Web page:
Telehealth to Reduce Suicidality and lmprove HIV Care Engagement in Tanzania
(NIMH K08-MH124459; Brandon Knettel, PI)
This career development to Dr. Brandon Knettel is supporting development and implementation of a brief telehealth intervention for people living with HIV in Tanzania. The intervention is designed to reduce suicide risk, increase safety, provide HIV education, and support HIV care.
The Garrett Lee Smith Memorial Suicide Prevention Cross-Site Evaluation
(SAMHSA/CMHS Contract 280-03-1606)
Via a contract from SAMHSA to ICF, a cross-site evaluation is being conducted of the state, tribal, and campus suicide prevention programs funded via the Garrett Lee Smith Memorial Act. Duke University is participating in this project as part of the cross-site evaluation team. In a recent finding from the cross-site evaluation, communities in which Garrett Lee Smith Suicide Prevention programs had been implemented were found to have reduced rates of suicide deaths and reduced population rates of suicide attempts when compared to communities without these suicide prevention programs.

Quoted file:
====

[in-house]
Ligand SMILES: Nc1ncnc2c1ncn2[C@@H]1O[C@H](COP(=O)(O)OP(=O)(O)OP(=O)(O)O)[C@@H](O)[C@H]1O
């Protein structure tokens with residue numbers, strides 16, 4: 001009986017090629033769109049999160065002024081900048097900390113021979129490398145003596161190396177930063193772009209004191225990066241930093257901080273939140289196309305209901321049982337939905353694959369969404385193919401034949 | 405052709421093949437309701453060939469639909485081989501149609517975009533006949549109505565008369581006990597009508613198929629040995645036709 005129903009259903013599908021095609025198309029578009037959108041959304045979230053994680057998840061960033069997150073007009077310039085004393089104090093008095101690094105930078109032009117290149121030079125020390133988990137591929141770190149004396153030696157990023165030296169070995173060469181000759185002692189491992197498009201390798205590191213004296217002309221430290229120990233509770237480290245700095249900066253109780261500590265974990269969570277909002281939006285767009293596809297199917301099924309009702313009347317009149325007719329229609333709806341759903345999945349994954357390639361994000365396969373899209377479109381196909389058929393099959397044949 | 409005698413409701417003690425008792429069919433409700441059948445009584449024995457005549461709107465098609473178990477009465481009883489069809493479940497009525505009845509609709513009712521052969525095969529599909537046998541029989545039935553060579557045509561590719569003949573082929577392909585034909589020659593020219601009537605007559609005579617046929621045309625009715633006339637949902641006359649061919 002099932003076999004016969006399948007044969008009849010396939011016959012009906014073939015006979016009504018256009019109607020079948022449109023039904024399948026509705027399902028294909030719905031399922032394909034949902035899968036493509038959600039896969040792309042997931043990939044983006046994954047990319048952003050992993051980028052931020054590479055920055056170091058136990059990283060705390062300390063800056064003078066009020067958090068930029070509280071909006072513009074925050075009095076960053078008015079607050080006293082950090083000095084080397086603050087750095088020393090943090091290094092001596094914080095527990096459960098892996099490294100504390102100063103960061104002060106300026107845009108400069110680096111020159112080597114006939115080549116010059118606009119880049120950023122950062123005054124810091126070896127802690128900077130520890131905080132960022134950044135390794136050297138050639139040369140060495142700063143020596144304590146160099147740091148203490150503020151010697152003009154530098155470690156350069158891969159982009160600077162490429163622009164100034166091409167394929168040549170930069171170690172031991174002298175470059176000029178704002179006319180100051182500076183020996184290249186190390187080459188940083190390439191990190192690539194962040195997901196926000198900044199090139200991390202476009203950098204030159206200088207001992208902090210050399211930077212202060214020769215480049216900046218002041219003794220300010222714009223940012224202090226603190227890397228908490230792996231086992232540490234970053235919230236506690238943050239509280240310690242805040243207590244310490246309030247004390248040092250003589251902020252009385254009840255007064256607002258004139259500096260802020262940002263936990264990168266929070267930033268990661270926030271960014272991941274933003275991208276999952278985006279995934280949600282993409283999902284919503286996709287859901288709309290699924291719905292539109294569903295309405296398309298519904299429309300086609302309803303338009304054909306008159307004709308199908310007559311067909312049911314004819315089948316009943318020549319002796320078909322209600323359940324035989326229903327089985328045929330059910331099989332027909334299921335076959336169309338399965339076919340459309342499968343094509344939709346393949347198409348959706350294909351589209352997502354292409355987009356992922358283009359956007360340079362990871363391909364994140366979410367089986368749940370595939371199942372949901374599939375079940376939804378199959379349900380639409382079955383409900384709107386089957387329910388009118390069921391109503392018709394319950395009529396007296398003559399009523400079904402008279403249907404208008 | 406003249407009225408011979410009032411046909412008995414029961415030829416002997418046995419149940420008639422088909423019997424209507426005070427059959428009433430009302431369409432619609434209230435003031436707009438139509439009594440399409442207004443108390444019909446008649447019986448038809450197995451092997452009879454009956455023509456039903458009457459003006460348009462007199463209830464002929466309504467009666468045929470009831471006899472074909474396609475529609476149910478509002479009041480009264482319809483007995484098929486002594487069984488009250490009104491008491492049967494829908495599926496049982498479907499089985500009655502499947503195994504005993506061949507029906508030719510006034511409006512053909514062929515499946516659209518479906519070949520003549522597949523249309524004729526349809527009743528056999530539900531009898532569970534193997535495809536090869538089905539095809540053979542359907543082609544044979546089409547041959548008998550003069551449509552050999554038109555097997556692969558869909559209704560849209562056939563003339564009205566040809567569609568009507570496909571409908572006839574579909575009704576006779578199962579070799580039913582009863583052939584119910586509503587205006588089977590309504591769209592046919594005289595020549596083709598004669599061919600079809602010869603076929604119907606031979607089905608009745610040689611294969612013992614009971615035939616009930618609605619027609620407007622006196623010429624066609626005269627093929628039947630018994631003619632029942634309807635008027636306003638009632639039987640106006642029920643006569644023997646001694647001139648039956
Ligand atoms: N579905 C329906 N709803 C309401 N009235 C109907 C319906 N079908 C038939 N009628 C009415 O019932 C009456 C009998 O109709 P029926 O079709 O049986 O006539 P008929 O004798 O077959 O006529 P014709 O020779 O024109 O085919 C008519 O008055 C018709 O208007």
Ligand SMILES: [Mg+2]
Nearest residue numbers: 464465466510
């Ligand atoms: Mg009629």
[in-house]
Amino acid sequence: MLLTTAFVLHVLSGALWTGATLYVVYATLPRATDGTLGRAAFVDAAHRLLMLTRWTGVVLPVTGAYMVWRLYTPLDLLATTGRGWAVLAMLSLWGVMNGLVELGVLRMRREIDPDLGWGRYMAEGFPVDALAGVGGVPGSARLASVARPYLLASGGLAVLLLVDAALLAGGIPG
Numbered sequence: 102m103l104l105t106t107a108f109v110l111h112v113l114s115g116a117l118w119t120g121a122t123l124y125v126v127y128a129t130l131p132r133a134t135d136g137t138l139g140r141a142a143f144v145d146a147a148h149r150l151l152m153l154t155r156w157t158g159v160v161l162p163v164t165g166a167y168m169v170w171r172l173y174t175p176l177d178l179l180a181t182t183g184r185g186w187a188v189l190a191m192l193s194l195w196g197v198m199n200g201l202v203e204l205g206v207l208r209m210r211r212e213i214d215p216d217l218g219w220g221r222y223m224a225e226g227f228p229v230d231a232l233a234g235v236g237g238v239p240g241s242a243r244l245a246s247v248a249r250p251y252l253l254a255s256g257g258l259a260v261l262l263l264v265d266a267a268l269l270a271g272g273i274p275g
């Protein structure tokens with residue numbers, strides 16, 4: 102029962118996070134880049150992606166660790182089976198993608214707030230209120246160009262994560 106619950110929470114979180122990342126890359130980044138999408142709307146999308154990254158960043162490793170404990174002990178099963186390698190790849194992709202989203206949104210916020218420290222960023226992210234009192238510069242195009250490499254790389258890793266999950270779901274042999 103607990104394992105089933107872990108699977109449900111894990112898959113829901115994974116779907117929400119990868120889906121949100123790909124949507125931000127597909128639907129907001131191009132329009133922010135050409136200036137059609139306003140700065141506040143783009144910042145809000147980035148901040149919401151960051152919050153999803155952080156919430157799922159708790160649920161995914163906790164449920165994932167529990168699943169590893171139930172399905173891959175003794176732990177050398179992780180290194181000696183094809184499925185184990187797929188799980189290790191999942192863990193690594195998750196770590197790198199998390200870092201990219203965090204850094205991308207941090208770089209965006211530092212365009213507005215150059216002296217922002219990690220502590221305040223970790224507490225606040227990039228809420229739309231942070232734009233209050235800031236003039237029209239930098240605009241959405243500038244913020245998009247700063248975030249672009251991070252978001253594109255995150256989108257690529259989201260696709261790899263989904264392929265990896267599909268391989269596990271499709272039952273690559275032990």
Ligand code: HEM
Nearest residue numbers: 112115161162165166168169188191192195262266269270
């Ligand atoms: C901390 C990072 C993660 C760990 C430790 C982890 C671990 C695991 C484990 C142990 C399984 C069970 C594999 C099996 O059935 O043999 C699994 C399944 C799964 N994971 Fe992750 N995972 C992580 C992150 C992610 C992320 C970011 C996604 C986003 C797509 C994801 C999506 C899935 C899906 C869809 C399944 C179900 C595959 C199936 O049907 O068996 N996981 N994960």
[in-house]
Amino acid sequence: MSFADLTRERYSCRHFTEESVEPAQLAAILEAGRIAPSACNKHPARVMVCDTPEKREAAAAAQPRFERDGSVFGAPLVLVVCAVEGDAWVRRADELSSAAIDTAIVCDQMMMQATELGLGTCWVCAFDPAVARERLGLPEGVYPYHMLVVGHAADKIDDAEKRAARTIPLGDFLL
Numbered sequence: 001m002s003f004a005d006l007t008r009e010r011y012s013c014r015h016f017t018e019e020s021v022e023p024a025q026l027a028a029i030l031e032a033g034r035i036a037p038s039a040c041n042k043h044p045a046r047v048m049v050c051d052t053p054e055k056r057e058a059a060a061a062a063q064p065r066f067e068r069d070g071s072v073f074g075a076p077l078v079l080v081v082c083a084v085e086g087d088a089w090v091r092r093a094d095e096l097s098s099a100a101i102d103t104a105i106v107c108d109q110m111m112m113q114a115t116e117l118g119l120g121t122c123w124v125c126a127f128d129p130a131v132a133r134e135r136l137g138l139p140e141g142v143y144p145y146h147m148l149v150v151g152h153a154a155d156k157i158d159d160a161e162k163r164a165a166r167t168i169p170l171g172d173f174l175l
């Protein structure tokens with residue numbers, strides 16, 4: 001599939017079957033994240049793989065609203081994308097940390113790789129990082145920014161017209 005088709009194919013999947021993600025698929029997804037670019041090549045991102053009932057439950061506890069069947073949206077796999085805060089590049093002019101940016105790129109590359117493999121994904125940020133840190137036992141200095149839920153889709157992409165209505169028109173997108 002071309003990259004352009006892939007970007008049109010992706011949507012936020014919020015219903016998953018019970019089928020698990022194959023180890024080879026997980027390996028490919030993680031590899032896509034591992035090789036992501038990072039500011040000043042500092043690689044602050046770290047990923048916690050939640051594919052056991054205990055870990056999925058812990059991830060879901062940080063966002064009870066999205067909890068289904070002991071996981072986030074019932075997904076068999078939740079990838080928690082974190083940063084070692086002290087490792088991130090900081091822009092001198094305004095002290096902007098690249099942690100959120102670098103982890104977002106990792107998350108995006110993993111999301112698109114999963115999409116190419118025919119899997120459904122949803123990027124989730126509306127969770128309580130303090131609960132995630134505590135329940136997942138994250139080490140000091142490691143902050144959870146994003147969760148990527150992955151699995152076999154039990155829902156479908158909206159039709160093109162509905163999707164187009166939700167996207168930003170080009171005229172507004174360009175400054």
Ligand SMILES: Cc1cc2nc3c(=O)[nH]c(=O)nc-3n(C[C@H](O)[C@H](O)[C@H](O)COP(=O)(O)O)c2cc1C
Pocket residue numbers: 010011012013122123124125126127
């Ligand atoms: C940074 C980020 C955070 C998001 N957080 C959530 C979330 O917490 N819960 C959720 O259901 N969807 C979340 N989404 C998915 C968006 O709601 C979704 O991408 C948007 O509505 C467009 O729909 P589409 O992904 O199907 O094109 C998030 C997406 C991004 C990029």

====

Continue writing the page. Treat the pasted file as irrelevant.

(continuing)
Integrated Electronic & Care Manager Support Intervention for Caregivers of Adolescents with Suicide Attempts
The CSSPI is collaborating with Wake Forest University School of Medicine in the development and initial testing of an intervention to support parents of youths who have had suicidal thoughts and behavior. Previous studies conducted by our group indicated that parents often feel as though they lack support and information for caring for their children who have been discharged from the hospital following suicide attempts. The new intervention will address these needs, and consist of regular contact with a care support manager and use of a mobile health application to provide information and support to parents.
Suicidal Adults with Alcohol or Drug Use Problems: A New Hospital Based Treatment